SVMC adds new tool in treatment of brain cancer
Tumor-treating fields promises to increase length, quality of life
BENNINGTON — A new way to treat brain cancer has arrived at the Southwestern Vermont Regional Cancer Center. The treatment is called tumor-treating fields, and it uses alternating electrical fields to target cancer cells. Although the treatment may seem like science fiction, its potential to help patients is an electrifying reality.
Tumor-treating fields treatment is "a whole new tool in the tool box," Dr. Matthew Vernon, the radiation oncologist at the Cancer Center. For decades, surgery, radiation and chemotherapy were used to treat brain cancer. Now, tumor-treating fields has been added to the mix.
Traditional cancer treatments, like chemotherapy and radiation, "[make] people live longer at the expense of horrible illness and toxicity," Vernon said. To Vernon, what's exciting about tumor-treating fields is how it can improve the quality of life for patients.
"[It] is so dramatically better than what was the previous standard of care" for brain cancer, he said.
In addition to increasing the quality of life, tumor-treating fields has the potential to increase the duration of someone's life, Vernon said.
Tumor-treating fields has been FDA approved to treat a specific type of brain cancer called glioblastoma multiforme, or GBM. The National Comprehensive Cancer Network guidelines adopted tumor-treating fields in 2015 to treat recurring glioblastoma multiforme and in 2016 to treat primary, or newly diagnosed, glioblastoma multiforme.
SSVRCC is the second center in the state to offer the treatment, after University of Vermont Medical Center, which began offering it in 2015. In the past few months, tumor-treating fields was used for the first time through Southwestern Vermont Regional Cancer Center. Vernon declined to comment on how the treatment is working, to protect patient privacy.
Glioblastoma multiforme is the most common and most deadly form of primary brain cancer in adults, according to the National Brain Tumor Society's website. For those diagnosed with GBM, the website cites the median survival rate of about 15 months.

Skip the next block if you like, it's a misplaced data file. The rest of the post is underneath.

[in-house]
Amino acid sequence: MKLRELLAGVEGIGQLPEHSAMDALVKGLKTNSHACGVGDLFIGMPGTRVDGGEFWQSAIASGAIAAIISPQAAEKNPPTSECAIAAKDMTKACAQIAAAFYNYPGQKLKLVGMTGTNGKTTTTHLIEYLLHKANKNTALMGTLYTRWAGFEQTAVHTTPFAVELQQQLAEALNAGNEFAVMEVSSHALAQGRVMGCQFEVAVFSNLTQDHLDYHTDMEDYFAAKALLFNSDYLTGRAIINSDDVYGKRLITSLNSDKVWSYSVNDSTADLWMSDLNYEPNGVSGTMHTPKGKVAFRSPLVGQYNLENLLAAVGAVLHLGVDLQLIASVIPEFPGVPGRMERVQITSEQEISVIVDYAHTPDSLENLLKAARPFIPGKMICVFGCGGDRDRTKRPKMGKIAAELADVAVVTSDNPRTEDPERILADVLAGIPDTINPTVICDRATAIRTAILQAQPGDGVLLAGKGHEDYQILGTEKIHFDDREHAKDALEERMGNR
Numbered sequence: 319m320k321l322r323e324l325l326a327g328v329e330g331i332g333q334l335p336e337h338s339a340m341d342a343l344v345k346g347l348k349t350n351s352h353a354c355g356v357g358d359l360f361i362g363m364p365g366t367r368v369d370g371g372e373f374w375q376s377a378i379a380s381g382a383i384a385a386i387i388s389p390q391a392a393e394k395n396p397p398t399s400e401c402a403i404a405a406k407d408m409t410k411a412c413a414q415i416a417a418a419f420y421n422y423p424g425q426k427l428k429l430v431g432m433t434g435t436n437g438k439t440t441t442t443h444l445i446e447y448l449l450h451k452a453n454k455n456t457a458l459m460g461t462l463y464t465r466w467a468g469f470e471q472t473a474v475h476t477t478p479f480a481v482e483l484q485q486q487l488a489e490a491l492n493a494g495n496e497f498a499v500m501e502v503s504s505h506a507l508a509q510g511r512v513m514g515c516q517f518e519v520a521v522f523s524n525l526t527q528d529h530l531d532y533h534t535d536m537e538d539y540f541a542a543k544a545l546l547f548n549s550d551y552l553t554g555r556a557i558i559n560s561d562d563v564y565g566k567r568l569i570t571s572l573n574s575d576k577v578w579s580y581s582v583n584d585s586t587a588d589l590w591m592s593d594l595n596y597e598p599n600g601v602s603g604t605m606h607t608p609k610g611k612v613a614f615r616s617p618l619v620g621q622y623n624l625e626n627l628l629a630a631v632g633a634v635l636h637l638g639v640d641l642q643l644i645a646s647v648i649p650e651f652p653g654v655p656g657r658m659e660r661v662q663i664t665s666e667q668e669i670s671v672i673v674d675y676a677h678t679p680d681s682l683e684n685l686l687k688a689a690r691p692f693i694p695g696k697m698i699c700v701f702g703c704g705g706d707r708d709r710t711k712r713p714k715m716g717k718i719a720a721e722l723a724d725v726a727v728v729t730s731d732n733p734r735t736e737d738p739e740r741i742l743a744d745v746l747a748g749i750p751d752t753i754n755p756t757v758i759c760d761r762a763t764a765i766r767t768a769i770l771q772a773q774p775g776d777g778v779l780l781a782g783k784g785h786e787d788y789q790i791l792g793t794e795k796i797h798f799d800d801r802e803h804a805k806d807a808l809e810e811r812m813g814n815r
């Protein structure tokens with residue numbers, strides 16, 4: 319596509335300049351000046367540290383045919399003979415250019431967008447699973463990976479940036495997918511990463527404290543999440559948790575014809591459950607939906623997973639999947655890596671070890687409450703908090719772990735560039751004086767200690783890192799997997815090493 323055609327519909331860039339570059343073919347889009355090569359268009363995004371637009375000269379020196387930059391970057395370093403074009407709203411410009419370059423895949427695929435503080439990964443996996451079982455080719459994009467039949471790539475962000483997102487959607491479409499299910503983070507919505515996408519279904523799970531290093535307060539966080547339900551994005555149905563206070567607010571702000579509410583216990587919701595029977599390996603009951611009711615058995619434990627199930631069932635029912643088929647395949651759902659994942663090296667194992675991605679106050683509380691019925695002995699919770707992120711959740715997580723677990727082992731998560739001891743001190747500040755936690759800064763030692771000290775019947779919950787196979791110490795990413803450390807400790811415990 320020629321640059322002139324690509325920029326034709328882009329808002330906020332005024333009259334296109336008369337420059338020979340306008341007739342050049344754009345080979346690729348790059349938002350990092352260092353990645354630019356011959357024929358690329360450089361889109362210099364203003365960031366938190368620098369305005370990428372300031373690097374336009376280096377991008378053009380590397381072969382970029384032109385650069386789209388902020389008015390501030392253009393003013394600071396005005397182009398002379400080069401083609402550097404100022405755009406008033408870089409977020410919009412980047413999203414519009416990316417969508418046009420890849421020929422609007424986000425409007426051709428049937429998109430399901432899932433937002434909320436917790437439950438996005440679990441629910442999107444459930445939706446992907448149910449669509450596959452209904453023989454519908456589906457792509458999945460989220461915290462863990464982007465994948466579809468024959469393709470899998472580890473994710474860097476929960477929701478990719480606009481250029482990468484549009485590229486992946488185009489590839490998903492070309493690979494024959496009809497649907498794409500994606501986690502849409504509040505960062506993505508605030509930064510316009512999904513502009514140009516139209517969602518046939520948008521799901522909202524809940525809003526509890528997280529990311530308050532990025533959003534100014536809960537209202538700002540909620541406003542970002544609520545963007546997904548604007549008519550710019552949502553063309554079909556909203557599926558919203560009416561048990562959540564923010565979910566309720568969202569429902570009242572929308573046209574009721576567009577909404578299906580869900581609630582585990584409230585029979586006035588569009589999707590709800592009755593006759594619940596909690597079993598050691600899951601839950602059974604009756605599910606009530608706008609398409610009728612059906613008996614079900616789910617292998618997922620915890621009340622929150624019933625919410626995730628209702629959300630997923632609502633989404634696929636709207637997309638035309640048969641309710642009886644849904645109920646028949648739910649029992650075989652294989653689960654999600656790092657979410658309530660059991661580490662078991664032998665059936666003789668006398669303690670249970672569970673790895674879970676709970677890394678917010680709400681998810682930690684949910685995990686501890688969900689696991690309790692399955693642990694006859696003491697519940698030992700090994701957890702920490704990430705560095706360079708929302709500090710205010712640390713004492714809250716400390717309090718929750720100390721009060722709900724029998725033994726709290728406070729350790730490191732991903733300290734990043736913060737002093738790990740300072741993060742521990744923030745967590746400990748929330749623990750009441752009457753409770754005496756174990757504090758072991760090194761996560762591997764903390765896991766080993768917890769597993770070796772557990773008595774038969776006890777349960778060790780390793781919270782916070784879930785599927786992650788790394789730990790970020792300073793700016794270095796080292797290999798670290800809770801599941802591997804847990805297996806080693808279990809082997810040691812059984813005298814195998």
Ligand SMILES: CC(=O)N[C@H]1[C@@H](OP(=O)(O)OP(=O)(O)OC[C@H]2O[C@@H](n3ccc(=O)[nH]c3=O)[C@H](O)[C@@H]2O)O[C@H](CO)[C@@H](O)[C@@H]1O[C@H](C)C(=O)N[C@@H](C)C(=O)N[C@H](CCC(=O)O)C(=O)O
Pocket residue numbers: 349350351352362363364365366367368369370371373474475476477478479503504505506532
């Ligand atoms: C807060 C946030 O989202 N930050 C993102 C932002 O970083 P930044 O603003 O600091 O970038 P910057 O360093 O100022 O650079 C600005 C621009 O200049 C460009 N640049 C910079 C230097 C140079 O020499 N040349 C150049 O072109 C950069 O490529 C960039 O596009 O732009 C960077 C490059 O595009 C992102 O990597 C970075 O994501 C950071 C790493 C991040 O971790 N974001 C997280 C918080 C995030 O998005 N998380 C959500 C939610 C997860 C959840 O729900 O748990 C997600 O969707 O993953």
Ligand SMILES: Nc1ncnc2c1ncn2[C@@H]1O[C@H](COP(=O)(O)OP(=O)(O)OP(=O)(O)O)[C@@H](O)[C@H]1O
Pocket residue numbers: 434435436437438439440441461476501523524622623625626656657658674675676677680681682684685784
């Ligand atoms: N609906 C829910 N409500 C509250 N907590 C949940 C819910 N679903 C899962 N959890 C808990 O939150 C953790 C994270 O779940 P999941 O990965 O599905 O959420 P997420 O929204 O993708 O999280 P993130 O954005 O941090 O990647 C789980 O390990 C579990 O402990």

"Each year, approximately 30 Vermonters are diagnosed with glioblastoma," wrote Jennifer Kachajian, a public health analyst with the Vermont Department of Health, in an email.
"On average, there is one newly diagnosed case of glioblastoma each year in Bennington County," Kachajian wrote.
Five years after a glioblastoma multiforme diagnosis, about 5 percent of patients remain alive, Vernon said. Citing the study that propelled tumor-treating fields into cancer treatment guidelines, Vernon said that using tumor-treating fields can increase the five-year survival rate to about 13 percent.
"There was a time where GBM was an absolute death sentence and we're starting to see some long-term survivors," Vernon said, adding that tumor-treating fields is a part of that change.
Put on your electrical cap
Tumor-treating fields is a non-invasive treatment that consists of a series of low-intensity, alternating electrical fields that target and disrupt cell division. The electrical fields can target cancerous cells because they undergo cell division more rapidly than healthy brain cells, which do not undergo cell division frequently, Vernon said.
To receive treatment, patients wear a transducer array, or a cap made up of a collection of stickers that create electrical fields. The stickers are similar to those used in other medical procedures, like an electrocardiogram, or EKG.
"The tumor-treating fields continues until it's not working anymore," Vernon said, adding that according to a study, patients use the treatment for an average of eight months.
For the tumor-treating fields to be effective, he said, "the goal is that it's on 75 percent of the time."
The major negative side effect of tumor-treating fields is skin irritation where the stickers are placed, he said.
The electrical field is battery-operated and patients can wear the transducer array for many daily activities, except for showering.
Tackling the beast of brain cancer
Although there's a new treatment in the region, tumor-treating fields won't supplant existing options.
The most important part of brain cancer treatment is surgery, Vernon said, because "the more complete removal of the tumor [is], the more people live."
After surgery, patients receive a course of radiation and chemotherapy. After radiation treatment stops, patients continue with chemotherapy for an additional six months, he said. It is during this time that tumor-treating fields is added to patients' treatment, he said.
Vernon oversees patient progress with tumor-treating fields but does not deliver the therapy. After the patient has undergone surgery, he sends MRI images of the cancer to a company called NovoCure. NovoCure uses software and the patient's images to create a map of where the transducer arrays should be placed on a patient's head, Vernon said. NovoCure representatives visit patients at home to demonstrate how each individual needs to position his or her unique transducer array, he said.
Tumor-treating fields may not stop at targeting glioblastoma multiforme. According to the NovoCure website, tumor-treating fields is in clinical trials to treat different types of cancer, including non-small cell lung cancer, pancreatic cancer and ovarian cancer.
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